Export (0) Print
Expand All

SpeechRecognitionEngine.SpeechHypothesized Event

Raised when the SpeechRecognitionEngine has recognized a word or words that may be a component of multiple complete phrases in a grammar.

Namespace:  Microsoft.Speech.Recognition
Assembly:  Microsoft.Speech (in Microsoft.Speech.dll)

public event EventHandler<SpeechHypothesizedEventArgs> SpeechHypothesized

The SpeechRecognitionEngine generates numerous SpeechHypothesized events as it attempts to identify an input phrase. You can access the text of partially recognized phrases in the Result property of the SpeechHypothesizedEventArgs object in the handler for the SpeechHypothesized event. Typically, handling these events is useful only for debugging.

SpeechHypothesizedEventArgs derives from RecognitionEventArgs.

For more information see the EndSilenceTimeoutAmbiguous property and the Recognize, RecognizeAsync, EmulateRecognize, and EmulateRecognizeAsync methods.

When you create a SpeechHypothesized delegate, you identify the method that will handle the event. To associate the event with your event handler, add an instance of the delegate to the event. The event handler is called whenever the event occurs, unless you remove the delegate. For more information about event-handler delegates, see Events and Delegates.

The following example recognizes phrases such as "Display the list of artists in the jazz category". The example uses the SpeechHypothesized event to display incomplete phrase fragments in the console as they are recognized.

using System;
using Microsoft.Speech.Recognition;

namespace SampleRecognition
{
  class Program
  {
    static void Main(string[] args)

    // Initialize a SpeechRecognitionEngine object.
    {
      using (SpeechRecognitionEngine recognizer =
         new SpeechRecognitionEngine())
      {

        // Create a grammar.
        //  Create lists of alternative choices.
        Choices listTypes = new Choices(new string[] { "albums", "artists" });
        Choices genres = new Choices(new string[] { 
          "blues", "classical", "gospel", "jazz", "rock" });

        //  Create a GrammarBuilder object and assemble the grammar components.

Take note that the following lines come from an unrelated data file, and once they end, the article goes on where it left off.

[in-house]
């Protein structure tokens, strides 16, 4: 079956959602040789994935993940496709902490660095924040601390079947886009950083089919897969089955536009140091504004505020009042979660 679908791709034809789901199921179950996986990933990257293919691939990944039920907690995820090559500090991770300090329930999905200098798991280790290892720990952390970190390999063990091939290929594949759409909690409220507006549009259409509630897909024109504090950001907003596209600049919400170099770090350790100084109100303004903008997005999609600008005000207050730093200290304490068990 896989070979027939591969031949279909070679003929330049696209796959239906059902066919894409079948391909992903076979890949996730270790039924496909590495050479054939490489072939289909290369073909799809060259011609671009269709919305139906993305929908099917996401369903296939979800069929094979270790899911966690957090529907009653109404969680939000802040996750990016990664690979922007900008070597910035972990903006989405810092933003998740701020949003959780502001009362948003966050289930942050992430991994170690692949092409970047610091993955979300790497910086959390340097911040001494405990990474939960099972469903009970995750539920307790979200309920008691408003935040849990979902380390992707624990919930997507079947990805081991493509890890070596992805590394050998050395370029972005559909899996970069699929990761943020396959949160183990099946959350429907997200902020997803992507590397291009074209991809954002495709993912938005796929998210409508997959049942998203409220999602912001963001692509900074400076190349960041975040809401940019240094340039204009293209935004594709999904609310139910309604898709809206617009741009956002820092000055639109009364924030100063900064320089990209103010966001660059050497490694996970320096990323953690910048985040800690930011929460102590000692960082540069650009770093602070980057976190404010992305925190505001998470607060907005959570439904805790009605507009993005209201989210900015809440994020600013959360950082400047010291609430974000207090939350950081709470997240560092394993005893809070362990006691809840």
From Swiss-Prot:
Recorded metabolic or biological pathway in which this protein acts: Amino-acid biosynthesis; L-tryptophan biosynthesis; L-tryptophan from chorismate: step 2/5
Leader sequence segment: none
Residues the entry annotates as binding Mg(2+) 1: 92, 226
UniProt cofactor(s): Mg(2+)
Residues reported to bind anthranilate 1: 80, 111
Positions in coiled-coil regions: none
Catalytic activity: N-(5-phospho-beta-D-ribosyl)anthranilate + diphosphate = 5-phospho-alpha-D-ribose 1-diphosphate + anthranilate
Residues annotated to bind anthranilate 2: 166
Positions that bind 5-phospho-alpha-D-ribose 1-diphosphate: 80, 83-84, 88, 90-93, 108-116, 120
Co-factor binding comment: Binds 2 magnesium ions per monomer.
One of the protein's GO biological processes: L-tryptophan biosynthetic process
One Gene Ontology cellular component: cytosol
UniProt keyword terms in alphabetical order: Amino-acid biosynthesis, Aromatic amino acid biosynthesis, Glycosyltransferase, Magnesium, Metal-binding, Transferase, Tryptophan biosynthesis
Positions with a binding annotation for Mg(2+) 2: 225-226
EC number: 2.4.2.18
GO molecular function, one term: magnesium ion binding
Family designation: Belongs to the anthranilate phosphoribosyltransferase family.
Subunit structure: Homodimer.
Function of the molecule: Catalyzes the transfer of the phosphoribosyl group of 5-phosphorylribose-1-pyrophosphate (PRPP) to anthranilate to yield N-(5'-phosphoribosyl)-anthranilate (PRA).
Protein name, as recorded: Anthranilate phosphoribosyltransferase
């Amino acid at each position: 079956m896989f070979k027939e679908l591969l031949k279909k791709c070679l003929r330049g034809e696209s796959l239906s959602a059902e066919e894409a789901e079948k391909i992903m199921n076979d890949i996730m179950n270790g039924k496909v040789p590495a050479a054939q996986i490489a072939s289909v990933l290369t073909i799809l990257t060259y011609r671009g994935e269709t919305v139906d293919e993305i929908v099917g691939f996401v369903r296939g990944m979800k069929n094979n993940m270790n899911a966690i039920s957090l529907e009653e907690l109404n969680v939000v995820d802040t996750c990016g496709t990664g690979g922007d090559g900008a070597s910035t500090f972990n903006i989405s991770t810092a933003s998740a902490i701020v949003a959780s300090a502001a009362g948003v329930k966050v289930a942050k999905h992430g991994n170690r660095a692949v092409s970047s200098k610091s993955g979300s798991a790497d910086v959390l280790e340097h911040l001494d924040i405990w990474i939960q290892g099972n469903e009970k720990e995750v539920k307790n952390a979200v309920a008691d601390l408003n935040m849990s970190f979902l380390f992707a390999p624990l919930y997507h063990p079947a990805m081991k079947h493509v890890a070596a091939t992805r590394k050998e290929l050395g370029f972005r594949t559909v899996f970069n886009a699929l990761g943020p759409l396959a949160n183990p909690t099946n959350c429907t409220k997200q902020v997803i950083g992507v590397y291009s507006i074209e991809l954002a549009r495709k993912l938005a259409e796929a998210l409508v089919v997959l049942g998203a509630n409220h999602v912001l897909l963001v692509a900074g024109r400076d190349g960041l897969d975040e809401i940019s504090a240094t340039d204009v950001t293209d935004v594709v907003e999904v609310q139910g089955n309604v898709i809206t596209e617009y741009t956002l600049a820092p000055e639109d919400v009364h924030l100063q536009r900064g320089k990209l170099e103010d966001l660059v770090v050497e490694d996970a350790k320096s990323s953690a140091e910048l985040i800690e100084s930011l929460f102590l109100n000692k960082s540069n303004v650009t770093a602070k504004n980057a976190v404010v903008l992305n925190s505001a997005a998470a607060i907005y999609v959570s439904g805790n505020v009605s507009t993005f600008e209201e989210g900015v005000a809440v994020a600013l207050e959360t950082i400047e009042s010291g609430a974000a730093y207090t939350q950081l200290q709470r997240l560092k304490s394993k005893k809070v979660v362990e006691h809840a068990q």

GrammarBuilder mediaMenu = new GrammarBuilder("Display the list of");
        mediaMenu.Append(listTypes);
        mediaMenu.Append("in the");
        mediaMenu.Append(genres);
        mediaMenu.Append("category.");

        //  Build a Grammar object from the GrammarBuilder.
        Grammar mediaMenuGrammar = new Grammar(mediaMenu);
        mediaMenuGrammar.Name = "Media Chooser";

        // Attach event handlers.
        recognizer.LoadGrammarCompleted +=
          new EventHandler<LoadGrammarCompletedEventArgs>(recognizer_LoadGrammarCompleted);
        recognizer.SpeechRecognized +=
          new EventHandler<SpeechRecognizedEventArgs>(recognizer_SpeechRecognized);
        recognizer.SpeechHypothesized +=
          new EventHandler<SpeechHypothesizedEventArgs>(recognizer_SpeechHypothesized);

        // Load the grammar object to the recognizer.
        recognizer.LoadGrammarAsync(mediaMenuGrammar);

        // Set the input to the recognizer.
        recognizer.SetInputToDefaultAudioDevice();

        // Start asynchronous recognition.
        recognizer.RecognizeAsync();

        // Keep the console window open.
        Console.ReadLine();
      }
    }

    // Handle the SpeechHypothesized event.
    static void recognizer_SpeechHypothesized(object sender, SpeechHypothesizedEventArgs e)
    {
      Console.WriteLine("Speech hypothesized: " + e.Result.Text);
    }

    // Handle the LoadGrammarCompleted event.
    static void recognizer_LoadGrammarCompleted(object sender, LoadGrammarCompletedEventArgs e)
    {
      Console.WriteLine("Grammar loaded: " + e.Grammar.Name);
      Console.WriteLine();
    }

    // Handle the SpeechRecognized event.
    static void recognizer_SpeechRecognized(object sender, SpeechRecognizedEventArgs e)
    {
      Console.WriteLine(); 
      Console.WriteLine("Speech recognized: " + e.Result.Text);
    }
  }
}

Show:
© 2014 Microsoft